A blessing in disguise with the Koala Bottle. The fit was still tight, but that has nothing to do with the Koala Bottle and more with the frame lay out. This is what makes this set up great if you have a small frame like me. It’s just a side pull out and whoopy it’s out.






Now is the moment of truth, where we go and hit the trail and give the product the test of a life time. At we take a product and test it to make sure it will stand up to guys and gals like you. We jump, ride, go over the roughest trails, smack, and trash to the best of our ability, because we know this is what you do when your on a trail
My first test was the mellow test on my Cross bike to see how it feels to use the bottle while pulling it on and off multiple times.
I found that after getting a feel for pulling it on and off I didn’t have to look down to see what I was doing. At first you will feel like its to hard of a pull, but it really isn’t and its a lot easier to use then the standard cage design.
If you have ever ridden a cross bike it can be quite bumpy, enough to rattle your teeth loose and to no avail the Koala Bottle stuck like a fly to fly paper. Test one complete. Test two was on the Trance doing XC riding and with the bottle in the upright  position as you see in the pics the Koala Bottle preformed great ( just like on the Reign) with know problems, test two was know complete, but the ultimate test, my go to trail to kill just about any product with multiple runs or just one, “ROCKIT”.





I pulled out the Mach 5 for this one ( my old DH rig ) a Giant Faith freeride bike. This frame is equipped with water bottle cage screws and the location is on the down tube facing the ground, which would serve as the perfect test to see if it would come off with ease. Most bikes will come with two bottle screw set ups, one on the down tube facing the inside of the triangle and one set on the down tube facing the ground.
The Mach 5 has it’s cage screws facing the ground and with 8″ of travel and one of the roughest trails in OC lets see what will happen.



RL and I set up on the rough sections of the trail, RL took up the camera and me on the bike. I set out to see if I could shake the Koala bottle off. On the first pass I went for the most bumps I could find starting off with a small jump, then pointing my tires for the roughest spots I could find. When I finished the first pass the Koala bottle was with me. My thought “AWESOME!” I couldn’t believe it was still on after that first pass.  I do have to say this test would be far beyond what most riders would most likely take this bottle and cage through, but just to see how much force it would take to make it come off we had to know.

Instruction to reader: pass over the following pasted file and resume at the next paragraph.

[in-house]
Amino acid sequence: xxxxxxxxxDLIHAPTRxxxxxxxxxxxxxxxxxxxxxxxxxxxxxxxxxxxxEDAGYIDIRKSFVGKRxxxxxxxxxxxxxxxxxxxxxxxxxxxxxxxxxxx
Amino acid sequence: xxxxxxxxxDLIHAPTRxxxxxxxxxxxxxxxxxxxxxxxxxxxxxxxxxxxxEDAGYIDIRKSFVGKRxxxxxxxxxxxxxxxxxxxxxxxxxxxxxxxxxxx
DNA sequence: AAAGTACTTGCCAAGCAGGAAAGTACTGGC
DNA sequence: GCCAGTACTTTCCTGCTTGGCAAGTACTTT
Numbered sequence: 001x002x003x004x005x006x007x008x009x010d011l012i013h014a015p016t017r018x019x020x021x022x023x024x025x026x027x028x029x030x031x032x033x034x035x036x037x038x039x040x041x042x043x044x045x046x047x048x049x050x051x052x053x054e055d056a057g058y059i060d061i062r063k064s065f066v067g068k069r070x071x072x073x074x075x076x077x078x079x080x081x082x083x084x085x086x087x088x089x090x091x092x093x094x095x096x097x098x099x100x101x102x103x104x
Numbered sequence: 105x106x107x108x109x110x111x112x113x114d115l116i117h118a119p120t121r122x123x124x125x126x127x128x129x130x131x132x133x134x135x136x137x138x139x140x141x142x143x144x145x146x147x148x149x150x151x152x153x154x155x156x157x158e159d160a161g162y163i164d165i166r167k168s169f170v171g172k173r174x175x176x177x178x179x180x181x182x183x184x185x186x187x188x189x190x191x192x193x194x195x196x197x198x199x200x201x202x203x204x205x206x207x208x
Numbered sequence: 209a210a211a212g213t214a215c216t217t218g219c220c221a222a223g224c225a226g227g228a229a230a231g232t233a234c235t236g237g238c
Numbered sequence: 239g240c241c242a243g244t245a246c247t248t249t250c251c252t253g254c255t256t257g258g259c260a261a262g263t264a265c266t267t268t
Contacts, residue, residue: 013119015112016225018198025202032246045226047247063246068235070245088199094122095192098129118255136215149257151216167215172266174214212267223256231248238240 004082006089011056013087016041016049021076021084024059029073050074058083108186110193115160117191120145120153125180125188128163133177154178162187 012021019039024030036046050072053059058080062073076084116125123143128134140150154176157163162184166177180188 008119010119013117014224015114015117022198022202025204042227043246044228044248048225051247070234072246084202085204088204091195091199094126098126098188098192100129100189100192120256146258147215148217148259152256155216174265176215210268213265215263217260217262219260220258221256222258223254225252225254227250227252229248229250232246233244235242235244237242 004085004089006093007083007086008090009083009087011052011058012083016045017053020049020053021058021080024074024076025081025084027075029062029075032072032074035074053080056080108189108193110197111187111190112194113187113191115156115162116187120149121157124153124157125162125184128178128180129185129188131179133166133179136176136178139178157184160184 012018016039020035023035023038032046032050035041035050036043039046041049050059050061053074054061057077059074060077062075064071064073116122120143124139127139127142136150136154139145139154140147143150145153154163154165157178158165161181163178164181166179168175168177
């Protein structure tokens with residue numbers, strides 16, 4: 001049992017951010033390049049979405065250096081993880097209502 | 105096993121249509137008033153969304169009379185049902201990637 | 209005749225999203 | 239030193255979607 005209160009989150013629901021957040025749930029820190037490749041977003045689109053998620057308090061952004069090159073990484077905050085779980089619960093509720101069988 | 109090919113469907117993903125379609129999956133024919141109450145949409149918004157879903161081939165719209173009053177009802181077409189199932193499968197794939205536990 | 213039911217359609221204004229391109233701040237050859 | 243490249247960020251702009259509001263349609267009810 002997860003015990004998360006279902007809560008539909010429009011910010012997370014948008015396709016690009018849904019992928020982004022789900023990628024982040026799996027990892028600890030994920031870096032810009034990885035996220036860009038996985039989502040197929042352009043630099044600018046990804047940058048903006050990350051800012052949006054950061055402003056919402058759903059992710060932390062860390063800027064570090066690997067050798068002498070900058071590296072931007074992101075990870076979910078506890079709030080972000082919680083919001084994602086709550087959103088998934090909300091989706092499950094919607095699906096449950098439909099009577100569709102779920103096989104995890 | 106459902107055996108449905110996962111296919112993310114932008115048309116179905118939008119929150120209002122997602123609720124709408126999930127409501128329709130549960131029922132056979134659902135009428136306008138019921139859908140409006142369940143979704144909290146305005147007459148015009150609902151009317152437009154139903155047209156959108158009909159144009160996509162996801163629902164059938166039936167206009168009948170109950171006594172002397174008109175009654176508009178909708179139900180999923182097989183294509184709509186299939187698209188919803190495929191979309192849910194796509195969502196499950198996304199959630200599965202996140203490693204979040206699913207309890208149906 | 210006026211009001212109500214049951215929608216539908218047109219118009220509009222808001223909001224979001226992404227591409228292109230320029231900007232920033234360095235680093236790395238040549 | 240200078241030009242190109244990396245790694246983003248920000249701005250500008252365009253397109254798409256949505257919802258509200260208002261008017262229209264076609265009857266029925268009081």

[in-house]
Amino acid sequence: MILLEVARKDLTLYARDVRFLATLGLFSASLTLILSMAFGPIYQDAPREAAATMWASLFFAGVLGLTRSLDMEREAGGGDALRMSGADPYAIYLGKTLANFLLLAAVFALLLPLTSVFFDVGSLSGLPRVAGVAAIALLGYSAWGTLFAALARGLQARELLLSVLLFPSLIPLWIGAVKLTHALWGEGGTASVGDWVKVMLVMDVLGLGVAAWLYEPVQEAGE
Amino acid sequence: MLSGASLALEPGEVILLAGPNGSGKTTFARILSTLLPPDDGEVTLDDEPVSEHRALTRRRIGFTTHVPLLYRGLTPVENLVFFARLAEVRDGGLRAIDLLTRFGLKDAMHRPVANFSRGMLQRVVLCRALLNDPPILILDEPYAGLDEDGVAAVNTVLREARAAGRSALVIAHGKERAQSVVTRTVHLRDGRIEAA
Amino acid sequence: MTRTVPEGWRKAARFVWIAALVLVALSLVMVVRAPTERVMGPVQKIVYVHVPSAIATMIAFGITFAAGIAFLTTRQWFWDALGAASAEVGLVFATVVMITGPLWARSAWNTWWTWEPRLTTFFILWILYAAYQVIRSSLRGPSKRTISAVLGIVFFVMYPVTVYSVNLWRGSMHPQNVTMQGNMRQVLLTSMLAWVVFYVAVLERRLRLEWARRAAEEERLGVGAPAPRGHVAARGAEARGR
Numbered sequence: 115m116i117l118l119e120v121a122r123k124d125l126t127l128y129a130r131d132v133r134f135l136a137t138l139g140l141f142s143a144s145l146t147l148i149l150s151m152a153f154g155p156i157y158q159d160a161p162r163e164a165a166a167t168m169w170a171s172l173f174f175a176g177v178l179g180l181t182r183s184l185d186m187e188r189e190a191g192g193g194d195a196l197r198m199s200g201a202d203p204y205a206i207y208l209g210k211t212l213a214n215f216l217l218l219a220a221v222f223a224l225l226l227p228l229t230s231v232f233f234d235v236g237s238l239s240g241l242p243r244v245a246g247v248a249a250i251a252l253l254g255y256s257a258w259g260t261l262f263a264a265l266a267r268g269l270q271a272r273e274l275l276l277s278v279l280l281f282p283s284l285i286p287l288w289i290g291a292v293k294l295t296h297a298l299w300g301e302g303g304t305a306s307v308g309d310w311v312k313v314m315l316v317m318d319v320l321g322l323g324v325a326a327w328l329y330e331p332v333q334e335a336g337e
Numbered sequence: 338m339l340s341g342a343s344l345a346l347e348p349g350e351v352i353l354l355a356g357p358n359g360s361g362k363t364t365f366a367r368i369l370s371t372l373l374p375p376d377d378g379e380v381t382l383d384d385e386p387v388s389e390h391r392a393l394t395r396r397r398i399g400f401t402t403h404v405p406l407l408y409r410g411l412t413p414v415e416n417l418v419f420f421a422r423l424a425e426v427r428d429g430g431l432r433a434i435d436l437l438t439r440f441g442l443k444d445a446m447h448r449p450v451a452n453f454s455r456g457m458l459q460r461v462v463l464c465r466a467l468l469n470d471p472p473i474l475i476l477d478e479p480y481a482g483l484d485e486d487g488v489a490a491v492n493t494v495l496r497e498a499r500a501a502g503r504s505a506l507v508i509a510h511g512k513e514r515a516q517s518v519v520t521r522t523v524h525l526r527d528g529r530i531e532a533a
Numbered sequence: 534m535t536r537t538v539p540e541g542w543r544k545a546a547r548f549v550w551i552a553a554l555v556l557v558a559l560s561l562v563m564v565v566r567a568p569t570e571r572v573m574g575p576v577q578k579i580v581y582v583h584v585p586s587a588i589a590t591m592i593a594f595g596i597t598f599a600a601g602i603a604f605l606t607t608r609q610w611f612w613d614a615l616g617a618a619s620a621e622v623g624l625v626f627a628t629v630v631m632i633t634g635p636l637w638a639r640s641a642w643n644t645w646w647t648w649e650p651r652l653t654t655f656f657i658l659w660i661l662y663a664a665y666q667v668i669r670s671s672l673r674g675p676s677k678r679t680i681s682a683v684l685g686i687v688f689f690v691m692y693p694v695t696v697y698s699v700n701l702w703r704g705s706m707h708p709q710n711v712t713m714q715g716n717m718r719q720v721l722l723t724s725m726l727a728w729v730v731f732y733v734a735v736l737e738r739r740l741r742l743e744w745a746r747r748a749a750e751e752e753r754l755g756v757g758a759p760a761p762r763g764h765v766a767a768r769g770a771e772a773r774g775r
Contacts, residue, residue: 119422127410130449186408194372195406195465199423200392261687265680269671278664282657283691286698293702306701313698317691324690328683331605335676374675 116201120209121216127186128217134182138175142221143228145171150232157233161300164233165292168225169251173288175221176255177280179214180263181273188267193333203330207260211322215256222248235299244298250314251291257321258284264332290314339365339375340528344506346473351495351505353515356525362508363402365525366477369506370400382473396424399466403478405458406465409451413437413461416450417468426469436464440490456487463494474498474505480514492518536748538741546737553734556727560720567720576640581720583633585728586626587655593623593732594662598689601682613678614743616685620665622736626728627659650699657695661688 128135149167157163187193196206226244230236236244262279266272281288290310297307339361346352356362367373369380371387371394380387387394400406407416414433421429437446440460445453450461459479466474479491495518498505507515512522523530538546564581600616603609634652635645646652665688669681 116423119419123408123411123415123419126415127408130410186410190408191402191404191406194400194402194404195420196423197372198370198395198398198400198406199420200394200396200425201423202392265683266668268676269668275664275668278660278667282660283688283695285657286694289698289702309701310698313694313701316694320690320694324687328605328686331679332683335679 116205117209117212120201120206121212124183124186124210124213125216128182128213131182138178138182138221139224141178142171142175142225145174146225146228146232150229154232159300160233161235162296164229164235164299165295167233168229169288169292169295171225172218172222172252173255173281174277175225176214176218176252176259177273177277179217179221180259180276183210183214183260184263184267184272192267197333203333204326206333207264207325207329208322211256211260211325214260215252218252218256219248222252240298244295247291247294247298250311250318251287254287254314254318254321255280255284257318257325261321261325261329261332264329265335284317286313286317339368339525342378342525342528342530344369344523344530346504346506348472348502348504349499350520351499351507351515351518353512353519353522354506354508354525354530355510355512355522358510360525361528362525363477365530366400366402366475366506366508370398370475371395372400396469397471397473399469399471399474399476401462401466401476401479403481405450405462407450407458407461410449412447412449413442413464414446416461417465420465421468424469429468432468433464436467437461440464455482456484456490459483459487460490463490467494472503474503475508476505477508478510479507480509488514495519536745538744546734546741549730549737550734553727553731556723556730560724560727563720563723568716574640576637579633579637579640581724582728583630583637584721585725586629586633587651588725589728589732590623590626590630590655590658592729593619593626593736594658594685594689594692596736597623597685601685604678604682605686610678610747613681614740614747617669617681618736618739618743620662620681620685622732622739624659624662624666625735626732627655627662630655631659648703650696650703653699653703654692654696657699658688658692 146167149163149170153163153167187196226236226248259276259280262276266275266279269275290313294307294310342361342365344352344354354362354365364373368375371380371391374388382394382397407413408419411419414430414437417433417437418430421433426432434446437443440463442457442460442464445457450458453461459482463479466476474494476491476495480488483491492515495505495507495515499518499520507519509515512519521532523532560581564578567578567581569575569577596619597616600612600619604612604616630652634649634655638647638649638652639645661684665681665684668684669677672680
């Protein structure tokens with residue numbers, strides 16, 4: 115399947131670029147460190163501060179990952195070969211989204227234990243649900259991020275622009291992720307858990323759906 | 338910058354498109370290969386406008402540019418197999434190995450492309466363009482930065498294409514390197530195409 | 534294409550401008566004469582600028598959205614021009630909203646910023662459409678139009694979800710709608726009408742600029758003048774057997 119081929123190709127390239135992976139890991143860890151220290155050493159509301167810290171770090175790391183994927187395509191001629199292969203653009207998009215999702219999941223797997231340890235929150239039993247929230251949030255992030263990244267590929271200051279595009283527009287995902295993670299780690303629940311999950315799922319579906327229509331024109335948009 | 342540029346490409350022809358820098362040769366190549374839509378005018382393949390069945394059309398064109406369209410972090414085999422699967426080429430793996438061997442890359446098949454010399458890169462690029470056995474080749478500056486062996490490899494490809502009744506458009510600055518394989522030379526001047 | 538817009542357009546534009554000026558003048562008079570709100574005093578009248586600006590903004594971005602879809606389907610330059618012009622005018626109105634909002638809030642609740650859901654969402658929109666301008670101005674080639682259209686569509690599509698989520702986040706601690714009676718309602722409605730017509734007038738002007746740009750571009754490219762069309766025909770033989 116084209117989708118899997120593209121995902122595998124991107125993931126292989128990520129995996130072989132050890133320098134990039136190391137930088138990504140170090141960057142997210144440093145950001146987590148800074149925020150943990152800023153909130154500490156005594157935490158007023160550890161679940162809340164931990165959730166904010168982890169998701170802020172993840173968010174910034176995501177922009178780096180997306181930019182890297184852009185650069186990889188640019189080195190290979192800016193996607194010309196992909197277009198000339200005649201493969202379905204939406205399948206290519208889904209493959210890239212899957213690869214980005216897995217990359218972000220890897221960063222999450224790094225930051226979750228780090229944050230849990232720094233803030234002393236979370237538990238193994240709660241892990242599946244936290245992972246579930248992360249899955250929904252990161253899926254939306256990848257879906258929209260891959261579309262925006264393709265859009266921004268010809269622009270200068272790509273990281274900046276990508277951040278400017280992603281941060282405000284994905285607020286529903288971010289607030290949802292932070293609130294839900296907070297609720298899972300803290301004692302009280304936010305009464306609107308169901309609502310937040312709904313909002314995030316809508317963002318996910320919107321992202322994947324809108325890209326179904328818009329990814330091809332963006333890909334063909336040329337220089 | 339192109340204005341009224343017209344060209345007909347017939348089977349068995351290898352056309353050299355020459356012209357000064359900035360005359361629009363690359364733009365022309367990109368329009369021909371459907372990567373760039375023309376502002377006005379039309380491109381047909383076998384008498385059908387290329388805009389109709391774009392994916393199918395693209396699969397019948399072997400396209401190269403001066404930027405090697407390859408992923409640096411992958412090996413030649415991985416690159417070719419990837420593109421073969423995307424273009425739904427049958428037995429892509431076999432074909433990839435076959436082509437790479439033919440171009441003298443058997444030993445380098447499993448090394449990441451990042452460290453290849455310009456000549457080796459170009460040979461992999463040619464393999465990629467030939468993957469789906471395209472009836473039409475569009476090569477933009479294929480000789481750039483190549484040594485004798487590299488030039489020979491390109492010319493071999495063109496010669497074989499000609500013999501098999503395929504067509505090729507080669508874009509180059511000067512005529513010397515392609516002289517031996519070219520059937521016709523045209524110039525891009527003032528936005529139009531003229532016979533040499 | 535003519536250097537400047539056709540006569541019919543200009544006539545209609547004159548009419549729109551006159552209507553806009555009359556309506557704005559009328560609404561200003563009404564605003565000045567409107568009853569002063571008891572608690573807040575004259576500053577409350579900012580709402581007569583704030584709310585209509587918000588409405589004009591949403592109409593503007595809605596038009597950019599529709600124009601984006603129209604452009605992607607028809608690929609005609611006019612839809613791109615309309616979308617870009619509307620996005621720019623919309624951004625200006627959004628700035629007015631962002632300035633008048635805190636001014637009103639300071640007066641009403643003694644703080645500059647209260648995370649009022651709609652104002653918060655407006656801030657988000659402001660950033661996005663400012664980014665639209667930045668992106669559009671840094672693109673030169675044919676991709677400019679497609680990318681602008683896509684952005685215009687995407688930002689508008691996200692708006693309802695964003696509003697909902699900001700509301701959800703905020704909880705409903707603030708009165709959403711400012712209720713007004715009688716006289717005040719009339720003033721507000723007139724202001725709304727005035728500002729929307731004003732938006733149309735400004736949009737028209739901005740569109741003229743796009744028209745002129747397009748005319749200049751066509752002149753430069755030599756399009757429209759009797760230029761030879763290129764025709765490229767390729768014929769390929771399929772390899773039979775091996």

The second pass again no problem. The third pass though was the breaker. I hit a set of deep ruts and popped up and landed so hard it was enough to wake me up. The bottle hit the floor and survived with a few scratches. The ring on the neck did snap loose from the joint, it is loose on the bottle, but seems not to be a problem.






After taking the Koala Bottle and cage on several test rides ranging from cross, XC, and DH (which is a test beyond what most would do) it proved to be worthy indeed. Great mounting ability, easy to get in and out of the cage is what this is all about.
True the water bottle and cage have not changed much, but if you could improve on one of the oldest cycling combos around and make it better the guys at Koala Bottle have done it.

The bottle and cage combo come in two set-ups, one in a 21oz. bottle and cage for $27.99 and one in a 24oz. for $29.99. Now this may sound like a lot, but when you consider a price for a high end cage or insulated water bottle, then the Koala Bottle and cage is a not a bad deal.

Please watch the Koala Bottle Test HERE

You can contact Koala Bottle at

Our FTC Disclaimer

Demo Rides: Trek Superfly Al and Niner S.I.R. 9

Posted by Matt D On May - 16 - 2012

A couple weeks ago, I got the opportunity to drop by the Paul’s Ride for Life event, which centers around a charity ride that raises money for life-saving organ transplants. While I found out about it too late to join in the ride (which seems like it might be a cool thing to do next year), there was also a Cyclefest event sponsored by a local shop, the Bike Lane. As part of that, there were not only tables and booths for cool local organizations like MORE and FABB (join one or both if you’re in the area!), but demo bikes on hand from Niner, Felt, and Trek. I got to try out the Trek Superfly Al (geared) and the Niner S.I.R. 9 (singlespeed) for a few minutes each.